Breast lift, or Mastopexy, is designed to recreate the appearance of firm and more youthful breasts. Whether from childbirth and breastfeeding, changes in weight, gravity, or the natural aging process, a woman’s breasts will change over time. These factors can result in sagging breasts losing their elasticity and firmness, a condition also known as ptosis. Depending on the specific problems to be addressed, a breast lift procedure may consist of one or multiple discrete procedures:
- Tighten skin to eliminate the sagging effect.
- Reduce the size of the areola to keep them in proportion to the newly shaped breasts.
- Move the nipple higher up on the breast so it is approximately even with the lower crease of the breast.
A breast lift can be performed at any age, however it is recommend that women wait until breast development has stopped, a stable weight is achieved, and no future pregnancies are planned. Pregnancy and breast-feeding may have significant and unpredictable effects on the size and shape of your breasts. A breast lift can be performed on breasts of any size. Women with smaller sagging breasts will likely have longer lasting results. Larger breasts are heavier, which makes them more likely to sag again. The following conditions could indicate that breast lift surgery is right for you:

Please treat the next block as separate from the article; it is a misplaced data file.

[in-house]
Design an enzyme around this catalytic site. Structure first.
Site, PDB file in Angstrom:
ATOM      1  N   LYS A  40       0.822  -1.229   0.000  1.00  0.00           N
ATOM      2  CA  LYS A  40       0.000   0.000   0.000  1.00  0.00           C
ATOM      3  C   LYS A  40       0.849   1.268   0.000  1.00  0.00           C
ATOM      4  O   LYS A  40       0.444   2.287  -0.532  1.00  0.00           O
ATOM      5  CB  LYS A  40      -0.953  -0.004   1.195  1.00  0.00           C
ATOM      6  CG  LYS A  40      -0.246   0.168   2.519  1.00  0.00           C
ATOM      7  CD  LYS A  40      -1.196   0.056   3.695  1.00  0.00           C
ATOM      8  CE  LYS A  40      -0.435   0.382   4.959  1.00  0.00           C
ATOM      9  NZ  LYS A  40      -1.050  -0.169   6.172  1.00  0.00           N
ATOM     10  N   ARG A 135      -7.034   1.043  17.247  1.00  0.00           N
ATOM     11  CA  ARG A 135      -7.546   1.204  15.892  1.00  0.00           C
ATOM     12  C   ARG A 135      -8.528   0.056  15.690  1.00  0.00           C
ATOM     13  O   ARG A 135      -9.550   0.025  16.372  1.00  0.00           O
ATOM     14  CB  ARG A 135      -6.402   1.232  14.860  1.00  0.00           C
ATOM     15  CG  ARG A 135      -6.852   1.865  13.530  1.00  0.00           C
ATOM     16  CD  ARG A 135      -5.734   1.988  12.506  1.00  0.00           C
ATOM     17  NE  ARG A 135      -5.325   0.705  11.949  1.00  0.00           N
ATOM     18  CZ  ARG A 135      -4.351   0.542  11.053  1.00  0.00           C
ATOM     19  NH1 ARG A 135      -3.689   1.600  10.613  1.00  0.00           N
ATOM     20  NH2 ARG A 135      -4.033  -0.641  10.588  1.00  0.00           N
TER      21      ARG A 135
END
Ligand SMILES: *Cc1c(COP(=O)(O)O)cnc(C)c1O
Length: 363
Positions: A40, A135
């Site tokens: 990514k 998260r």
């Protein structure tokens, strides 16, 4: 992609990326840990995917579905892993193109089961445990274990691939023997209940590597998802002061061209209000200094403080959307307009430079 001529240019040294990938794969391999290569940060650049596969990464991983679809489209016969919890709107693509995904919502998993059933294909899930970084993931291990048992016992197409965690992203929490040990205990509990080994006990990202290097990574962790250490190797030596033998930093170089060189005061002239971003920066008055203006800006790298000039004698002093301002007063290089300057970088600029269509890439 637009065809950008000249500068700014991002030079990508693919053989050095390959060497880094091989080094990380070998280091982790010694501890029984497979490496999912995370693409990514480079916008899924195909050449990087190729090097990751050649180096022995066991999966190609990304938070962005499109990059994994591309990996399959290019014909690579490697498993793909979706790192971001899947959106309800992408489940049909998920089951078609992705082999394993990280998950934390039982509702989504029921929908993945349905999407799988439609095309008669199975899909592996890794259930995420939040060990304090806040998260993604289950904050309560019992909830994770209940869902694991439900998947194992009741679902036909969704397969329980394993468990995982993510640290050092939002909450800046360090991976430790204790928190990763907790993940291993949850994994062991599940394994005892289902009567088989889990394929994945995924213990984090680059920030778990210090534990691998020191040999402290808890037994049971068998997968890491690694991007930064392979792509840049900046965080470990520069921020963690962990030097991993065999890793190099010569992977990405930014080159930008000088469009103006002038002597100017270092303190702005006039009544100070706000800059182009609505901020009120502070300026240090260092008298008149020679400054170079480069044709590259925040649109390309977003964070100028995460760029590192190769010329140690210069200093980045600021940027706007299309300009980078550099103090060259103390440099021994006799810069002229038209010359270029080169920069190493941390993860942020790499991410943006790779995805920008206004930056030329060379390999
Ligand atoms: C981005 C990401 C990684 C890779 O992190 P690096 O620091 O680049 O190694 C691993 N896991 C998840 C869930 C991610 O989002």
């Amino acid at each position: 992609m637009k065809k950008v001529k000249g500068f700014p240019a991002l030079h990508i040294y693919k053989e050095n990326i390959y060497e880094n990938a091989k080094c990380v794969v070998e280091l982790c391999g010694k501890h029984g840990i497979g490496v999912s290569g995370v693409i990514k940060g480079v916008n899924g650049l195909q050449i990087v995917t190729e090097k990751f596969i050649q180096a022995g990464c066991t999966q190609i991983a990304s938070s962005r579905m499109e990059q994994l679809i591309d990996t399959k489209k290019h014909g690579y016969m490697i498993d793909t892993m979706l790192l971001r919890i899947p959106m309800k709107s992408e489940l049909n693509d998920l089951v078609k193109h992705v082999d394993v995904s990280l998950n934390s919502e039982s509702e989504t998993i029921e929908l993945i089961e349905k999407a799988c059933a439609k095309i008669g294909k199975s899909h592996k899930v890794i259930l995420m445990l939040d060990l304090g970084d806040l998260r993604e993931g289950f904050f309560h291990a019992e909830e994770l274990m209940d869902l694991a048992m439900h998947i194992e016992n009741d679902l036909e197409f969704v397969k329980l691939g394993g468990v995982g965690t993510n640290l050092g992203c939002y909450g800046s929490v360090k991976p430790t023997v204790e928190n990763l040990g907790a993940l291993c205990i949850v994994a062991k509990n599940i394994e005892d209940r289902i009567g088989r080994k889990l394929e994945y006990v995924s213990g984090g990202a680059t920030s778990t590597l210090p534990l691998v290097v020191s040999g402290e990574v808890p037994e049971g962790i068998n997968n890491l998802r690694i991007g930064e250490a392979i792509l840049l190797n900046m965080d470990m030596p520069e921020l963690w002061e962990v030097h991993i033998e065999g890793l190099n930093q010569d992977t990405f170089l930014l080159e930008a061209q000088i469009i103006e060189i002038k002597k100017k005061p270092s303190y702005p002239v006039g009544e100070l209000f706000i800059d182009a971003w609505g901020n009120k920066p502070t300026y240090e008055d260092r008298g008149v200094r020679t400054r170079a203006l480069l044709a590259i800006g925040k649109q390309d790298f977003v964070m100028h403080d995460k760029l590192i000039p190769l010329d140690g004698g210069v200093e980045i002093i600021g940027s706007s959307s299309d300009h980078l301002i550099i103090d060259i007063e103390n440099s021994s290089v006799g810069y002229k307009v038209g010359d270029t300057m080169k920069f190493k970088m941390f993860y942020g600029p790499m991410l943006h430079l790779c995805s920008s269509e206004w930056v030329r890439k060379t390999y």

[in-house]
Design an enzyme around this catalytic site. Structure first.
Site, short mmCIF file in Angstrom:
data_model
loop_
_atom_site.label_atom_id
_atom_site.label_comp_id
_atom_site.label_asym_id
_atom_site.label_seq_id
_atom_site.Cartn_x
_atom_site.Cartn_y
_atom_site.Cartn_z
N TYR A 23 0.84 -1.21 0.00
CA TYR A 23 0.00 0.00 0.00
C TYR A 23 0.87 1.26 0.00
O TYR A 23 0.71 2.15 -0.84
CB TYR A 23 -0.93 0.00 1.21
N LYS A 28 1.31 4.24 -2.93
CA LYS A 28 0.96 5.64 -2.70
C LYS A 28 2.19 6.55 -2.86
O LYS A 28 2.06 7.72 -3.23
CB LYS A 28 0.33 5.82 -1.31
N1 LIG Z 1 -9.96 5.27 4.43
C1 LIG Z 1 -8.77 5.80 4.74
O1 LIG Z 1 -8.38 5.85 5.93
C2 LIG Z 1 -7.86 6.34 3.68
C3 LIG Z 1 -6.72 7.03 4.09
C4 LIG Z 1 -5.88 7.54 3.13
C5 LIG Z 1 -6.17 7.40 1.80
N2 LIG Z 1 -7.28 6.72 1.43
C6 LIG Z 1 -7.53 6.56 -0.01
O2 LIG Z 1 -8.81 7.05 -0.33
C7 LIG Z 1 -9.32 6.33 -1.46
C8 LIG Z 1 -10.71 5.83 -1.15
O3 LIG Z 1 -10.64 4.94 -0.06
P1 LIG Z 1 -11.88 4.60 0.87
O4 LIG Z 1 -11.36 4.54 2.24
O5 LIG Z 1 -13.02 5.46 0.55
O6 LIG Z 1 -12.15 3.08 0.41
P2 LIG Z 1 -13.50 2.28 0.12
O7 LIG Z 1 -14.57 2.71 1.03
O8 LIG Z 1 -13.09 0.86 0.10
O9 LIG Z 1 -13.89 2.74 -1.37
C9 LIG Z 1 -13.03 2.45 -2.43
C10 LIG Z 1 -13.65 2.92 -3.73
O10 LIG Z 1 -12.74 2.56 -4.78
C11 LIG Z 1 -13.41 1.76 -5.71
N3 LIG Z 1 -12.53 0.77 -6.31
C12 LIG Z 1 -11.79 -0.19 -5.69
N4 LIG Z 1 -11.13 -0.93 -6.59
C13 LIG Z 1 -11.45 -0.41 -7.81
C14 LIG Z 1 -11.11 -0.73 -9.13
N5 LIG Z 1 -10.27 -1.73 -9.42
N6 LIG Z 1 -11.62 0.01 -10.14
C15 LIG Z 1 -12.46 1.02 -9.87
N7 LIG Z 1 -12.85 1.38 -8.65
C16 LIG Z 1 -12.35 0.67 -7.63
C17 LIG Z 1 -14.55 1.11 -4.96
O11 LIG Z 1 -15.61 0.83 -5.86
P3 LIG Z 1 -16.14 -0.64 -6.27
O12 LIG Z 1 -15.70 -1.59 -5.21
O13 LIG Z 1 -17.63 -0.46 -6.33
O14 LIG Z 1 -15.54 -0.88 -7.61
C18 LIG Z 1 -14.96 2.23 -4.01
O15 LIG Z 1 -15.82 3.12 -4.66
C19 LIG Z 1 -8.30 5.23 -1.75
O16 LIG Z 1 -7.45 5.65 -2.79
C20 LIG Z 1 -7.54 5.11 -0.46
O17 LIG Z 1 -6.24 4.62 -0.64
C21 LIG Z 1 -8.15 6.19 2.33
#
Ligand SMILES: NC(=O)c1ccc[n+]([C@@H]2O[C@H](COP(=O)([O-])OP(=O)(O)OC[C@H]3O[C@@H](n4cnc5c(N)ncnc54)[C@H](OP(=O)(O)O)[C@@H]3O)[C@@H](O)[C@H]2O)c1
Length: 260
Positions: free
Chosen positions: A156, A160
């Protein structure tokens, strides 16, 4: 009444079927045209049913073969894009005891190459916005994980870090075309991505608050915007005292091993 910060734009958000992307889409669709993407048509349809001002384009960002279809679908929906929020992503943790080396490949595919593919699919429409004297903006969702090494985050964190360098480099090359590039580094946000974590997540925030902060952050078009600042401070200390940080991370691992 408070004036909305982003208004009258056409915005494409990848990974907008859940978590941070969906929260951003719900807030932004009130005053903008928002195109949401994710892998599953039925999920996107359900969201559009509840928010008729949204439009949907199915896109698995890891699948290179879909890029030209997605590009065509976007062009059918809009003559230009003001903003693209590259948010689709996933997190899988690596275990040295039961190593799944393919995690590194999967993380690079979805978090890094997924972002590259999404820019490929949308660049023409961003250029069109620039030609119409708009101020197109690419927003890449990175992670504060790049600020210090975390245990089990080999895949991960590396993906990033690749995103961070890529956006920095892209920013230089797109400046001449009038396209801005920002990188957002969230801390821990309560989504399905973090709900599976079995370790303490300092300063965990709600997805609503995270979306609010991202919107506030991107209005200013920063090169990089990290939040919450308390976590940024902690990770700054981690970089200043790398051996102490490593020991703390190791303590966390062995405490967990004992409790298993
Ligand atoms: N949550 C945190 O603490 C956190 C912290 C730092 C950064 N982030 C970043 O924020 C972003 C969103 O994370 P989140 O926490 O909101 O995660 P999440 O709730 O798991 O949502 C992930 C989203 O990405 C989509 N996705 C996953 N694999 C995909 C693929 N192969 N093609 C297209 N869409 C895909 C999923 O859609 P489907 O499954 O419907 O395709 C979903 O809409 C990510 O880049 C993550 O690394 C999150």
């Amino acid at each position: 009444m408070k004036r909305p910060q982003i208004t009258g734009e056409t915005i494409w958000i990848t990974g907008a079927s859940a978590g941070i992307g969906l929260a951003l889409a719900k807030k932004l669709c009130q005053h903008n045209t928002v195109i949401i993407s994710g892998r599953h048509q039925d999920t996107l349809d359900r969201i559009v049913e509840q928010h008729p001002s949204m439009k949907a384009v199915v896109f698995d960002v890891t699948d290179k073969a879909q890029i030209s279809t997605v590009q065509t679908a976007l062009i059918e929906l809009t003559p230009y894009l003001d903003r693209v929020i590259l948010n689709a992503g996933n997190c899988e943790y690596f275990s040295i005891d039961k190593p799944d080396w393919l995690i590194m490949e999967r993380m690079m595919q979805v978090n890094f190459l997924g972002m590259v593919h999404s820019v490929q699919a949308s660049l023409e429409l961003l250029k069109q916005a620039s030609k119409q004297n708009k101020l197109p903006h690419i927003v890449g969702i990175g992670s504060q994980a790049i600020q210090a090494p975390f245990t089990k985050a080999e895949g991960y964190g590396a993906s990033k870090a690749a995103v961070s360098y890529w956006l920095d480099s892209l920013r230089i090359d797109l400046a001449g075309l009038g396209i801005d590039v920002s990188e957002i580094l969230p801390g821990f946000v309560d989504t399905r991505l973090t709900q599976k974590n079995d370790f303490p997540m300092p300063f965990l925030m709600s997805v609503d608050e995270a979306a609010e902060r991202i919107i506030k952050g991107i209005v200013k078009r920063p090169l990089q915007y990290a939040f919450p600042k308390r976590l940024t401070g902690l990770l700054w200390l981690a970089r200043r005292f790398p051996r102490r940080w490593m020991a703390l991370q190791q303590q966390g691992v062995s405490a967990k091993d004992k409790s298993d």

- Have breasts that lack substance or firmness.
- Have breasts that are loose and sagging (breasts are flatter and longer).
- Have one breast that falls lower than the other.
- Have nipples and areolas that point downward (fall below your breast creases).
- Have areolas stretched out of proportion to your breasts.
Breastfeeding is a consideration, as well. Since the milk ducts and nipples are left intact, breast lift surgery will not typically affect your ability to breastfeed, however some women might have difficulties producing enough milk. If you have concerns about breastfeeding after a breast lift surgery, you should discuss this with your surgeon.